1. My vote is firmly on the side of ….both. I know Dave Ramsey, whom I really do like, prefers you pay off debt first and then invest, however, it is quite possible to do both. The debt doesn’t get paid off as fast, however, you don’t lose all those months or even years, of compounding earnings when you have nothing in investments. So I’d take whatever money I allotted to this purpose. Split it in half and watch the debt figure go down as the savings/investment figure went up. Win win in my opinion.

  2. Hi Kathy – I see your point, but you can only do that if you have the cash flow to do both. A lot of people have to prioritize. I think that the more threatening your debt is, the more imperative it is for you to pay it off first. It’s like clearing the decks so you can move on to the next big adventure. In the households where money is tightest, debt is usually a major problem. The sooner it’s gone the better off you’ll be. If you have to choose one or the other, my money’s on tackling the debt first. Thanks for weighing in!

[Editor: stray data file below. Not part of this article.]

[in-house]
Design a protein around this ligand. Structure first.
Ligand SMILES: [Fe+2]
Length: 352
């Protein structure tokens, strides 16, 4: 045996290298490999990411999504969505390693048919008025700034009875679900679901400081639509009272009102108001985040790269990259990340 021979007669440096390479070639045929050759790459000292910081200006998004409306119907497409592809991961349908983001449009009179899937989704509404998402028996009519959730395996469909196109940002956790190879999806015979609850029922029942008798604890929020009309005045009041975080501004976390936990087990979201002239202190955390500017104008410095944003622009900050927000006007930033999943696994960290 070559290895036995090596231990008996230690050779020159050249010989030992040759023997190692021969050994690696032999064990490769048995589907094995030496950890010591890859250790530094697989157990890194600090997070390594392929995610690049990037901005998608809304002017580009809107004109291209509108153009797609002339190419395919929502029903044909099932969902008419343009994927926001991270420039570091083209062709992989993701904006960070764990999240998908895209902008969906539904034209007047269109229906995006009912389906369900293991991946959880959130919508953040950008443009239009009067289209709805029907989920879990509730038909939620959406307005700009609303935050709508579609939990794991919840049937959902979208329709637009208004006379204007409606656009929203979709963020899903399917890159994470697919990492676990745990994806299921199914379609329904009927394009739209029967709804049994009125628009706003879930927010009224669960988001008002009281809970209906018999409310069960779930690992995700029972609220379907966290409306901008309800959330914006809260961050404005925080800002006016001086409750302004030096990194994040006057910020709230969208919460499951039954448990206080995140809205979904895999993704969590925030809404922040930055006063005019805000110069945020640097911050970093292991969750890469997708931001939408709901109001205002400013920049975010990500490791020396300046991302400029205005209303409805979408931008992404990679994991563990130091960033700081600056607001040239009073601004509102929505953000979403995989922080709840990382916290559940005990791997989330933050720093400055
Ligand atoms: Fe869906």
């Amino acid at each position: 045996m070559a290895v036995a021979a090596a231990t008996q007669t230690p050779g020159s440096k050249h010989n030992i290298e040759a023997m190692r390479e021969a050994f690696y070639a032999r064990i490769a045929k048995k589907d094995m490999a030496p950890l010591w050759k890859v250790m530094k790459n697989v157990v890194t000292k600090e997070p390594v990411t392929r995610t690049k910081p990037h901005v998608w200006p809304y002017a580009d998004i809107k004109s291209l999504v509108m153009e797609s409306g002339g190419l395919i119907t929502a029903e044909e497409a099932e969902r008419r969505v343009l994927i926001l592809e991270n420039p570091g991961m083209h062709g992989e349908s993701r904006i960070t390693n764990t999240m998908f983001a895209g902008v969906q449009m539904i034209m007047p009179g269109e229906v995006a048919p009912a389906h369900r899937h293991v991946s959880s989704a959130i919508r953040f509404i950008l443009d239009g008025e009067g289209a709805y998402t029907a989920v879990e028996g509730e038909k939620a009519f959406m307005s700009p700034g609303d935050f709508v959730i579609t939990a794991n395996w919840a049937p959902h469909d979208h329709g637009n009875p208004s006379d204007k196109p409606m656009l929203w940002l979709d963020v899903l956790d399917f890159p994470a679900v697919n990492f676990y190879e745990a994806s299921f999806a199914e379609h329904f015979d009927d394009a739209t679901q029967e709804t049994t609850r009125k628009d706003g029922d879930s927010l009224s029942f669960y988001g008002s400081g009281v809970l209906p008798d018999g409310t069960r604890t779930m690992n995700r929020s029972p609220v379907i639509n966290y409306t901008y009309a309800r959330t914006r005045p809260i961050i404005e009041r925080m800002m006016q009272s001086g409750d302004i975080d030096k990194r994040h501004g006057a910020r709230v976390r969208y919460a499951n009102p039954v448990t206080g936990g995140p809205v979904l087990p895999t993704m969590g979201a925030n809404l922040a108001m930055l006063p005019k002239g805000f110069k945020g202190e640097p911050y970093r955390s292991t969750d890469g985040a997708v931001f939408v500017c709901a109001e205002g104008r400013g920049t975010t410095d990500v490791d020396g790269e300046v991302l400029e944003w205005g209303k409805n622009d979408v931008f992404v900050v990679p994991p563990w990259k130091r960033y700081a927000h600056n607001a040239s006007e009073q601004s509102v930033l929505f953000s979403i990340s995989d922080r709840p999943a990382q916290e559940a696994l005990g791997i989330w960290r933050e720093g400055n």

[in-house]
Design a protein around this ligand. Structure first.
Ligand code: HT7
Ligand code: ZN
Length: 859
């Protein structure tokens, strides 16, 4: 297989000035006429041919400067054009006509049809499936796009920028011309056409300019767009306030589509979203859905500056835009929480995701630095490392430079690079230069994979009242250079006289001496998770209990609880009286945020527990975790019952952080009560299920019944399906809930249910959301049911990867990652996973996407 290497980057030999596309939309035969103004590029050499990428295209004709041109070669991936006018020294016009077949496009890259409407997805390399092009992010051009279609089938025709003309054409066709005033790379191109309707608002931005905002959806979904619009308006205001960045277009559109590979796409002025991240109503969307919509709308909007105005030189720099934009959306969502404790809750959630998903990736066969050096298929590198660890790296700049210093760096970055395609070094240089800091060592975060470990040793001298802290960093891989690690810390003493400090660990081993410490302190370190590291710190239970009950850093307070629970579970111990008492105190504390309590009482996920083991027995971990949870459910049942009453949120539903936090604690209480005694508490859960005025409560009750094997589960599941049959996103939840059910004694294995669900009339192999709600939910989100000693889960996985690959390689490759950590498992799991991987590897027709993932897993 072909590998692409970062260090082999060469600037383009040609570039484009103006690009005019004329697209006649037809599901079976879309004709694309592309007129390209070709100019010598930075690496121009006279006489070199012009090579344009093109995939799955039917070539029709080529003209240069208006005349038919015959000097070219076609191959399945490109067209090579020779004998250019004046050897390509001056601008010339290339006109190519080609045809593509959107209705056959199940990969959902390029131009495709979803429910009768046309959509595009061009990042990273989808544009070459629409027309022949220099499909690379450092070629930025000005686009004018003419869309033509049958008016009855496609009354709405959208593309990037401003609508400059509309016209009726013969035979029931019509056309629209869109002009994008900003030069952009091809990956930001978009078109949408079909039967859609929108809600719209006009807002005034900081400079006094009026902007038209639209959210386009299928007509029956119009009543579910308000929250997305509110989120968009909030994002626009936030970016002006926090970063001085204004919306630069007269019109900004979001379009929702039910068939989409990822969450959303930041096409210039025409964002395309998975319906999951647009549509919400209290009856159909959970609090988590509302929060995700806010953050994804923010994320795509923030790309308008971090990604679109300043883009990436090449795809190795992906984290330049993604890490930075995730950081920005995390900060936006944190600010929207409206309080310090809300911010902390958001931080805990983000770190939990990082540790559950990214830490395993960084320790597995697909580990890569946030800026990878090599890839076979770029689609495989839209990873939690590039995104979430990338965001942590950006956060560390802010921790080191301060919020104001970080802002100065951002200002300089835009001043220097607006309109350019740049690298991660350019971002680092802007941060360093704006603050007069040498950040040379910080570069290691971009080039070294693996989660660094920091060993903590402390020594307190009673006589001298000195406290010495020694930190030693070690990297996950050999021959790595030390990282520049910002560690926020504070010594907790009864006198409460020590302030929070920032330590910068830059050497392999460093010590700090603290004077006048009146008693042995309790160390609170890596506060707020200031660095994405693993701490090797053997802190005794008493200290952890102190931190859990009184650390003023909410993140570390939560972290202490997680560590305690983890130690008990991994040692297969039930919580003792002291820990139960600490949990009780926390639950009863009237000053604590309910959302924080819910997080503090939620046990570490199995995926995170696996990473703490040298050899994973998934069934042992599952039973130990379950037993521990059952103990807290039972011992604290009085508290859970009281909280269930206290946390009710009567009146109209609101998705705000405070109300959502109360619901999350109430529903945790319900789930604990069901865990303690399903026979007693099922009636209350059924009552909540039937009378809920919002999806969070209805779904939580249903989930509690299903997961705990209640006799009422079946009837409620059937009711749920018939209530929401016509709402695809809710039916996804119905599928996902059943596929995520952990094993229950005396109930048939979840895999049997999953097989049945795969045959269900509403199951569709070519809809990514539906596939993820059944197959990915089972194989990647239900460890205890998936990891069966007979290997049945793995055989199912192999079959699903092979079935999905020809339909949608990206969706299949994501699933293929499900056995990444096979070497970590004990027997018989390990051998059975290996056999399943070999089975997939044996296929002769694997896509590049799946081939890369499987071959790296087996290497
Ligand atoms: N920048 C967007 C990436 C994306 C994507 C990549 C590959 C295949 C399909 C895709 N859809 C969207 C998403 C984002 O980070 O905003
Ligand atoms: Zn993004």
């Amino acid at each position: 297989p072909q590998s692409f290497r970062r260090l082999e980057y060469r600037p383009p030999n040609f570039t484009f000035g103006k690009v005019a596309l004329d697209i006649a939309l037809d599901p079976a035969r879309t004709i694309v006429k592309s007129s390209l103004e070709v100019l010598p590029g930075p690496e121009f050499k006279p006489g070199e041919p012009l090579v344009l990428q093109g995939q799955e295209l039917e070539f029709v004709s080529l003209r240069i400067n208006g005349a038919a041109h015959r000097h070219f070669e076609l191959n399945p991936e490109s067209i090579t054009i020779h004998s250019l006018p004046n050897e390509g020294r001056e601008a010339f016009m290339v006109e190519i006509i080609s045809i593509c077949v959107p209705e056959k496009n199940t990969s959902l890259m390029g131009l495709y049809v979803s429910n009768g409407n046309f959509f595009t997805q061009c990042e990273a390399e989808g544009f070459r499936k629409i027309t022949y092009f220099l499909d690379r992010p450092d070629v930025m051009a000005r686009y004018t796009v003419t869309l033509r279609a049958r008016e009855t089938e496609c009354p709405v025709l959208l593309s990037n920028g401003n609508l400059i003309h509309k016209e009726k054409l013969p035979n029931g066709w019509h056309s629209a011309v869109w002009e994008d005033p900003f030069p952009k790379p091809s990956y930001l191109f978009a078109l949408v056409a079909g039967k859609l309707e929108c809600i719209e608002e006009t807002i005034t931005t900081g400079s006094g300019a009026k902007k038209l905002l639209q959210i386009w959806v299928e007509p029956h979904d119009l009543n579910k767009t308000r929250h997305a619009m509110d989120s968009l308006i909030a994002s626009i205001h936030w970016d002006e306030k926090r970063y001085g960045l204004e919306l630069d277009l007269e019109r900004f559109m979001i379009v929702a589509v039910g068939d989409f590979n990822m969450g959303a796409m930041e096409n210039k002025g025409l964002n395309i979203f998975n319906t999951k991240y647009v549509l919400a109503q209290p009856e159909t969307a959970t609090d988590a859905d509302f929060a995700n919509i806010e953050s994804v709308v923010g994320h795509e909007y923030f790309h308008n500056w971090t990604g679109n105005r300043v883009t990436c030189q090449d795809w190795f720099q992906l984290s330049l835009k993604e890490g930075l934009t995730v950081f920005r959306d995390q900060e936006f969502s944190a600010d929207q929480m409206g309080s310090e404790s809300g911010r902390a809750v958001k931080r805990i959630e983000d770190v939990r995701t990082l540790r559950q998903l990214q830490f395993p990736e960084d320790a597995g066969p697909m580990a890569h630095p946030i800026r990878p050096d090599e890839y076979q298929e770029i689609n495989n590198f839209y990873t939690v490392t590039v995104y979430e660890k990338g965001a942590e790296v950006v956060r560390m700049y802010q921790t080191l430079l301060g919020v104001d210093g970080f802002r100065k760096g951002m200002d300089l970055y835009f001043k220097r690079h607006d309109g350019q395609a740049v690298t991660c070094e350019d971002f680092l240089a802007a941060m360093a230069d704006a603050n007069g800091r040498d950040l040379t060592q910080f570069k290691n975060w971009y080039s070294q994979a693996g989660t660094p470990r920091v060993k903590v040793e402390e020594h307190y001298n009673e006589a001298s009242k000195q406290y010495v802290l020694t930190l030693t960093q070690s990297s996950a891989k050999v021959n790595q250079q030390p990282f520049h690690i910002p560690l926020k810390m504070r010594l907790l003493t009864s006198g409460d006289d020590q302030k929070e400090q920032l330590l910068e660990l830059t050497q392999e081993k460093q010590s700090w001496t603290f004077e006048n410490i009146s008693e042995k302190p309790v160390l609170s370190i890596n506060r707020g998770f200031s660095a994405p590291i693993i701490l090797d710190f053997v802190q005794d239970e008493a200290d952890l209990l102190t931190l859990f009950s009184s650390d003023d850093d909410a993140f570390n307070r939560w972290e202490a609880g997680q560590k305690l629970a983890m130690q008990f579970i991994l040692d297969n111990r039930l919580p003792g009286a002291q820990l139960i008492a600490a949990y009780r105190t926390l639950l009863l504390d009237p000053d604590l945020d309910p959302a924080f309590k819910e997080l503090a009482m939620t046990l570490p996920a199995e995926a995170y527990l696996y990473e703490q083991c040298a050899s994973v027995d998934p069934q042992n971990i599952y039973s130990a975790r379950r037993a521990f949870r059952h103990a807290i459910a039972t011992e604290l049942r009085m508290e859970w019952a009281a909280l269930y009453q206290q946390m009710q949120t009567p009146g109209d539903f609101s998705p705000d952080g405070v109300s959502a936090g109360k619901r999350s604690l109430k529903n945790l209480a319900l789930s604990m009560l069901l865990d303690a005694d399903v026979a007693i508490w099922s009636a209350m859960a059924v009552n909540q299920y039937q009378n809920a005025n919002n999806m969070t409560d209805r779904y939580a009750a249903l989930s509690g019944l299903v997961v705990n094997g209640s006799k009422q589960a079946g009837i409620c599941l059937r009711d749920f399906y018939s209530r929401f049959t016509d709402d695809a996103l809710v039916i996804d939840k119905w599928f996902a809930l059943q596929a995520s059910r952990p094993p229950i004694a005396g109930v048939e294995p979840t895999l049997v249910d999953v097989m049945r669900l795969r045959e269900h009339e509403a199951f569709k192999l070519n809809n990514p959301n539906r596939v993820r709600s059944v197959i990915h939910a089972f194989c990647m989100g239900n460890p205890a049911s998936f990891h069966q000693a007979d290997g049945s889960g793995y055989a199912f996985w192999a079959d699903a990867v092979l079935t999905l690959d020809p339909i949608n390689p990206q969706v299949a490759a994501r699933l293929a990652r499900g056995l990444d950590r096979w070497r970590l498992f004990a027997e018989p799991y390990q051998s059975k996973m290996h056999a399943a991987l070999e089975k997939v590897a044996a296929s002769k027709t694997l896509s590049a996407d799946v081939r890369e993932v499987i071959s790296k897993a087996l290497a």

3. Hi, Kevin
    You have an excellent point about prioritizing. My point of view came from when I was paying off debt with no savings. I’d make huge payments on the debt but then something would come up and I’d have to put a dental bill or auto repair bill on the credit card because I’d used all my cash to make debt repayments. It was a never ending cycle. So I do agree about paying off the debt first with the caveat that you have a nice emergency fund established. That way you aren’t constantly chasing your tail.

  4. Hi Kathy – That’s an excellent point! The true priority would put saving an emergency fund first. In order to make any progress financially, you first have to get liquid. That means establishing a source of ready cash for just such emergencies. Otherwise you’re always “robbing from Peter to pay Paul” as the saying goes.

  5. I didn’t have a lot of debt and it almost kept me from some great opportunities, so in my opinion: debt comes first and then the rest.